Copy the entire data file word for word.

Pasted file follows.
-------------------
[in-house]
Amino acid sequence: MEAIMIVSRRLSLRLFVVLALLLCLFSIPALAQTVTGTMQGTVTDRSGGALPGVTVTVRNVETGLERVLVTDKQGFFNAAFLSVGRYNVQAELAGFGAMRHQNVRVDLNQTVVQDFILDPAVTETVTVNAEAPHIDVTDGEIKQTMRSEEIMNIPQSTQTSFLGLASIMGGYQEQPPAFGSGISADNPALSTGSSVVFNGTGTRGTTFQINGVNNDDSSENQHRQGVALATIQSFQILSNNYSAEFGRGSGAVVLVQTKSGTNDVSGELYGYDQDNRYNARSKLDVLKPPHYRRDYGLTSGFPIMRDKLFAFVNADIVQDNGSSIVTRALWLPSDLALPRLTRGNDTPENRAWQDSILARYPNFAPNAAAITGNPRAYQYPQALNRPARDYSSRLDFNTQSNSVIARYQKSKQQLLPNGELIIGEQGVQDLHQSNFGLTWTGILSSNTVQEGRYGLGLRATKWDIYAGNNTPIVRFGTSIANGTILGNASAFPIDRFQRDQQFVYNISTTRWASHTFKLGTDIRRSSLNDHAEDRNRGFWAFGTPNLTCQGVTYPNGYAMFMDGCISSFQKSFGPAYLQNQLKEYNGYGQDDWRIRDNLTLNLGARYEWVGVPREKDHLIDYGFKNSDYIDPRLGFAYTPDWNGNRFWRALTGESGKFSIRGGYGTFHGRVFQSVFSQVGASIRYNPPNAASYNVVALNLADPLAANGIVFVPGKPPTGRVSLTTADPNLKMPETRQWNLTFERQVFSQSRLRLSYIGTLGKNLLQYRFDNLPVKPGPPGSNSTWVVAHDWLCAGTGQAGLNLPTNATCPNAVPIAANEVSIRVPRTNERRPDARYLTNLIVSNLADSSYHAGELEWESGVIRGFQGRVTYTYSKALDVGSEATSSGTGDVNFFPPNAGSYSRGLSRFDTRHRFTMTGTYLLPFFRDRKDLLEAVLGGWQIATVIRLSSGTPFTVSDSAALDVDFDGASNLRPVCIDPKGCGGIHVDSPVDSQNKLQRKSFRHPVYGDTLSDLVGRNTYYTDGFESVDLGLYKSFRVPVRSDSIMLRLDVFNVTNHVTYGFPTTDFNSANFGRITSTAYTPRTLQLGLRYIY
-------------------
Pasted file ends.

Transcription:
[in-house]
Amino acid sequence: MEAIMIVSRRLSLRLFVVLALLLCLFSIPALAQTVTGTMQGTVTDRSGGALPGVTVTVRNVETGLERVLVTDKQGFFNAAFLSVGRYNVQAELAGFGAMRHQNVRVDLNQTVVQDFILDPAVTETVTVNAEAPHIDVTDGEIKQTMRSEEIMNIPQSTQTSFLGLASIMGGYQEQPPAFGSGISADNPALSTGSSVVFNGTGTRGTTFQINGVNNDDSSENQHRQGVALATIQSFQILSNNYSAEFGRGSGAVVLVQTKSGTNDVSGELYGYDQDNRYNARSKLDVLKPPHYRRDYGLTSGFPIMRDKLFAFVNADIVQDNGSSIVTRALWLPSDLALPRLTRGNDTPENRAWQDSILARYPNFAPNAAAITGNPRAYQYPQALNRPARDYSSRLDFNTQSNSVIARYQKSKQQLLPNGELIIGEQGVQDLHQSNFGLTWTGILSSNTVQEGRYGLGLRATKWDIYAGNNTPIVRFGTSIANGTILGNASAFPIDRFQRDQQFVYNISTTRWASHTFKLGTDIRRSSLNDHAEDRNRGFWAFGTPNLTCQGVTYPNGYAMFMDGCISSFQKSFGPAYLQNQLKEYNGYGQDDWRIRDNLTLNLGARYEWVGVPREKDHLIDYGFKNSDYIDPRLGFAYTPDWNGNRFWRALTGESGKFSIRGGYGTFHGRVFQSVFSQVGASIRYNPPNAASYNVVALNLADPLAANGIVFVPGKPPTGRVSLTTADPNLKMPETRQWNLTFERQVFSQSRLRLSYIGTLGKNLLQYRFDNLPVKPGPPGSNSTWVVAHDWLCAGTGQAGLNLPTNATCPNAVPIAANEVSIRVPRTNERRPDARYLTNLIVSNLADSSYHAGELEWESGVIRGFQGRVTYTYSKALDVGSEATSSGTGDVNFFPPNAGSYSRGLSRFDTRHRFTMTGTYLLPFFRDRKDLLEAVLGGWQIATVIRLSSGTPFTVSDSAALDVDFDGASNLRPVCIDPKGCGGIHVDSPVDSQNKLQRKSFRHPVYGDTLSDLVGRNTYYTDGFESVDLGLYKSFRVPVRSDSIMLRLDVFNVTNHVTYGFPTTDFNSANFGRITSTAYTPRTLQLGLRYIY